Don’t get stuck in that weekend trap and let it rip away the progress that you made this week!
Remember -> alcohol contains 9 calories/gram and in many cases a single mixed drink (especially ones with sugar) contains as many calories as a snack! The body views alcohol as a toxin and preferentially breaks it down over glucose or fat, to get it out of the body.
What does that mean?
It means that the nutrients in your gut could end up stored because they weren’t adequately processed (2)! It also means that your digestive system can be impacted for the longer term, leading to impaired nutrient absorption which can be tricky to manage
Another issue with drinking is impaired judgment, which can lead to altered food choices (1, 3). You may end up eating a loaded pizza instead of a balanced whole food meal (I love pizza – if it’s a set cheat meal). This can lead to a spiral effect where the entire weekend becomes a carb and fat buffet (and you consume more calories on the weekend than you did all week), or you may lose your appetite and not eat at all (both are detrimental to progress)! Also, chronic alcohol consumption can result in muscular atrophy and weakness.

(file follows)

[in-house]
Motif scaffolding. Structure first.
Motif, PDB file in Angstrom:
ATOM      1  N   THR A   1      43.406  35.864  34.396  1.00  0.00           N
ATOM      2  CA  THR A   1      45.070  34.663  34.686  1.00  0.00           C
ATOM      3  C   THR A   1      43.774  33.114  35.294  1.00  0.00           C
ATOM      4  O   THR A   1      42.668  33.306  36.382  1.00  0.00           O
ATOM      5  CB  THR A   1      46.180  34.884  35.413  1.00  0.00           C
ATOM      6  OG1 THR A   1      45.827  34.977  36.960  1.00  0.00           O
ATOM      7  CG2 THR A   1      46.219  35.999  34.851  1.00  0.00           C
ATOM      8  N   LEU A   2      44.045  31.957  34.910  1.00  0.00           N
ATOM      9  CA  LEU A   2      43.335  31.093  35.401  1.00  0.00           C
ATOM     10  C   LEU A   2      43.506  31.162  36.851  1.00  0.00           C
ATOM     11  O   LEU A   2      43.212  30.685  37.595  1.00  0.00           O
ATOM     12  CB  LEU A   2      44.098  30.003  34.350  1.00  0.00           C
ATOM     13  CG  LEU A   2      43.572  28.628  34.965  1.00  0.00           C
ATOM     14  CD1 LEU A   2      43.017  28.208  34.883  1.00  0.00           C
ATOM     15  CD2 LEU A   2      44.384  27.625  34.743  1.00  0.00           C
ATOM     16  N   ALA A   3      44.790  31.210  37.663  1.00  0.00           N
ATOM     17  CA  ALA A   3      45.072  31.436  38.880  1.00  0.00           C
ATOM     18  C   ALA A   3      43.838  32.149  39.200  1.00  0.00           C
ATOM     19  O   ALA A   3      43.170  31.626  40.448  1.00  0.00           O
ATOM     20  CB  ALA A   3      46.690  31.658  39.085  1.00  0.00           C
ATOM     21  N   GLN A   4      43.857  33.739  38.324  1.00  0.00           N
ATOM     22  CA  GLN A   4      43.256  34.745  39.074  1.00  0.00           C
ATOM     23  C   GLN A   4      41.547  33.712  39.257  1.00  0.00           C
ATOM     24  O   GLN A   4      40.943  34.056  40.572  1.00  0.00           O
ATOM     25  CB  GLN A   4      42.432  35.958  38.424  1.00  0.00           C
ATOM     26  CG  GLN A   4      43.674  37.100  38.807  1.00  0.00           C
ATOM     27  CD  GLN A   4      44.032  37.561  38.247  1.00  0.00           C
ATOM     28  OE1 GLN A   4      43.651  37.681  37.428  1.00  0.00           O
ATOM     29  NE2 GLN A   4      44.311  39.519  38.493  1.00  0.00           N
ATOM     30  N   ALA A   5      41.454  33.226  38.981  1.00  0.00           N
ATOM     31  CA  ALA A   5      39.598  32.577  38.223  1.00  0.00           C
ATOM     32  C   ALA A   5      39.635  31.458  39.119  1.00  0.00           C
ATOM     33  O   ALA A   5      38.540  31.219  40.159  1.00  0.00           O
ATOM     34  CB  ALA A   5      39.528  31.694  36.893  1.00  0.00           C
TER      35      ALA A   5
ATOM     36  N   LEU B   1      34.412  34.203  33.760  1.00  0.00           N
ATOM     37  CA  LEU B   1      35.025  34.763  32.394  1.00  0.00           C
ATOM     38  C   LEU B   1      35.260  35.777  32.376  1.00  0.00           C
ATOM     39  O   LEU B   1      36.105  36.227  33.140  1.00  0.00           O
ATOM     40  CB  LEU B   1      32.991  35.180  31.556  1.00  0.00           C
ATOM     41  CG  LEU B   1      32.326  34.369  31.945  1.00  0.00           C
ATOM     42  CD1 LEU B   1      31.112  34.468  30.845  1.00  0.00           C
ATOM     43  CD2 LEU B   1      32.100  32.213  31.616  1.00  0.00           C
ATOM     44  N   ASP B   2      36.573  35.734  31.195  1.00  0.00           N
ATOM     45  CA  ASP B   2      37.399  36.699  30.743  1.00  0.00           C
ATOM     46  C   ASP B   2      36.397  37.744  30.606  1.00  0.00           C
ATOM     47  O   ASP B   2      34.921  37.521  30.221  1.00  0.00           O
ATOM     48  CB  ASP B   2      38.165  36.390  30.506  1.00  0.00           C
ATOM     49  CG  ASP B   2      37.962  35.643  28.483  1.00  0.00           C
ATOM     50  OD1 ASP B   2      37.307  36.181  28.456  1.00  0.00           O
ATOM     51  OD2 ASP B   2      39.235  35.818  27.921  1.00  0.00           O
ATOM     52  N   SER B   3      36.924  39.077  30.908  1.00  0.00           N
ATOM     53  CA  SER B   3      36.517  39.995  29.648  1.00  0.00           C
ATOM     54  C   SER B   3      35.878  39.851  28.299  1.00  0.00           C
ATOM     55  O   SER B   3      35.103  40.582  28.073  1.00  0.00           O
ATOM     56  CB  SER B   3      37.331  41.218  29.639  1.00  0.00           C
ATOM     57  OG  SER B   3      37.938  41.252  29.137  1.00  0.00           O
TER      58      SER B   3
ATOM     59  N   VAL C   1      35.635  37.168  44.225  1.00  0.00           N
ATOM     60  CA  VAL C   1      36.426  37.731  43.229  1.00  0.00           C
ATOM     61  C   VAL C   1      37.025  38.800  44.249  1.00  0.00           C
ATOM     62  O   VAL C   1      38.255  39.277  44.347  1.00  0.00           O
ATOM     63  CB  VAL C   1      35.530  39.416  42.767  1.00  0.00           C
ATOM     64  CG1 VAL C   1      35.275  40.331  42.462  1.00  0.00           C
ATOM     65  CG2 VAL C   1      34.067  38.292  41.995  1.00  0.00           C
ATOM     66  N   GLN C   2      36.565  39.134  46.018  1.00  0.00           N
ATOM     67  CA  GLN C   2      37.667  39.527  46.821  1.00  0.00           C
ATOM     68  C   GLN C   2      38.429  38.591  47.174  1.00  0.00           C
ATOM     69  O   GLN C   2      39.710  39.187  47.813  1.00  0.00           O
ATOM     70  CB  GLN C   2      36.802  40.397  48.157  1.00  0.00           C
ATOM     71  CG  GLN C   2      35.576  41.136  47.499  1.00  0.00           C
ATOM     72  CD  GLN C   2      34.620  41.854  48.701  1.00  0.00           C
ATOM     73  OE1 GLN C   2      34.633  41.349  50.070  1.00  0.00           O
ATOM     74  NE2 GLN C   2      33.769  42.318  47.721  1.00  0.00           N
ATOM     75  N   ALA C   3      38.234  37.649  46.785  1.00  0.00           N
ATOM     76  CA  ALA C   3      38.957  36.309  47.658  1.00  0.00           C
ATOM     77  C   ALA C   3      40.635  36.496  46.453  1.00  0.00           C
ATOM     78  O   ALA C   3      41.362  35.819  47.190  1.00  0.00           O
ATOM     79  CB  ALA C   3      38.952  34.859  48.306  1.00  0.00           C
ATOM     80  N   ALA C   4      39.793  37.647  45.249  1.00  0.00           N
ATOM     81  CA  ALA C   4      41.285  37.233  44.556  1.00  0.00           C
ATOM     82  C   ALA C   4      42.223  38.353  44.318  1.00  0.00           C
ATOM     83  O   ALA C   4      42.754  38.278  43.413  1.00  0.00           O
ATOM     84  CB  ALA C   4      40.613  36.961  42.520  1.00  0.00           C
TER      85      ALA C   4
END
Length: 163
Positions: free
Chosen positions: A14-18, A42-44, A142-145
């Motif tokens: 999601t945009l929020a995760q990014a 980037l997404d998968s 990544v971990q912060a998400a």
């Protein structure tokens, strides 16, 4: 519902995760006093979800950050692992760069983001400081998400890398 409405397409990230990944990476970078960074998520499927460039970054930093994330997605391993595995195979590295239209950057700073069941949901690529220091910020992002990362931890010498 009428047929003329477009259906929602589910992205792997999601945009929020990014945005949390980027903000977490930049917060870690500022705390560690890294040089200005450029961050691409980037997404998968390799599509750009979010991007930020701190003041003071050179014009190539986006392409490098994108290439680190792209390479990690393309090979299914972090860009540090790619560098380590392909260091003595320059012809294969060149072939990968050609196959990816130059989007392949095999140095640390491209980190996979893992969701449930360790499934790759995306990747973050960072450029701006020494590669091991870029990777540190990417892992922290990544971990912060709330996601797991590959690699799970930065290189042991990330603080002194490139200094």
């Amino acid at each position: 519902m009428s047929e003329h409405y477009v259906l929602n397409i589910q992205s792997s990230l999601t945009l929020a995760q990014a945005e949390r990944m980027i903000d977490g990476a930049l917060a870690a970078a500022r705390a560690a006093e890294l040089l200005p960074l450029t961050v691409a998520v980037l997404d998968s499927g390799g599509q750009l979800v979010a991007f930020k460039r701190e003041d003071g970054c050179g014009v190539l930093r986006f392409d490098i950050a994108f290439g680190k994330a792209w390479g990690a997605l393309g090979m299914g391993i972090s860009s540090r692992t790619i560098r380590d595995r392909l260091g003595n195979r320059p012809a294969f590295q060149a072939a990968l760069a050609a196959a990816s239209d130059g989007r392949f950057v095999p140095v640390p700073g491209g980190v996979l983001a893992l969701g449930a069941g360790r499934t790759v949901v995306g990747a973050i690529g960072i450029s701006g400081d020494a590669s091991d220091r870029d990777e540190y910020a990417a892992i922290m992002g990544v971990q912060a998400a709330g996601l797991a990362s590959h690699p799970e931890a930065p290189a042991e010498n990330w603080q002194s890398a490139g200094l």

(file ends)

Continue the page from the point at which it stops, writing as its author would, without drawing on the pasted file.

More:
It’s okay to have a few drinks occasionally (2), just don’t allow drinking to rule your weekend and impact your nutrient intake, training and health! Have fun – get outdoors – hang out with friends and family – but remember WHY you started this journey and remember that you want to have amazing energy for your lift on Monday!
Eyes on the prize!
1) Haines, P. S., Hama, M. Y., Guilkey, D. K., & Popkin, B. M. (2003). Weekend eating in the United States is linked with greater energy, fat, and alcohol intake. Obesity Research, 11(8), 945-949.
2) Steiner, J. L., Gordon, B. S., & Lang, C. H. (2015). Moderate alcohol consumption does not impair overload‐induced muscle hypertrophy and protein synthesis. Physiological Reports, 3(3), e12333.
3) Yeomans, M. R., Caton, S., & Hetherington, M. M. (2003). Alcohol and food intake. Current Opinion in Clinical Nutrition & Metabolic Care, 6(6), 639-644.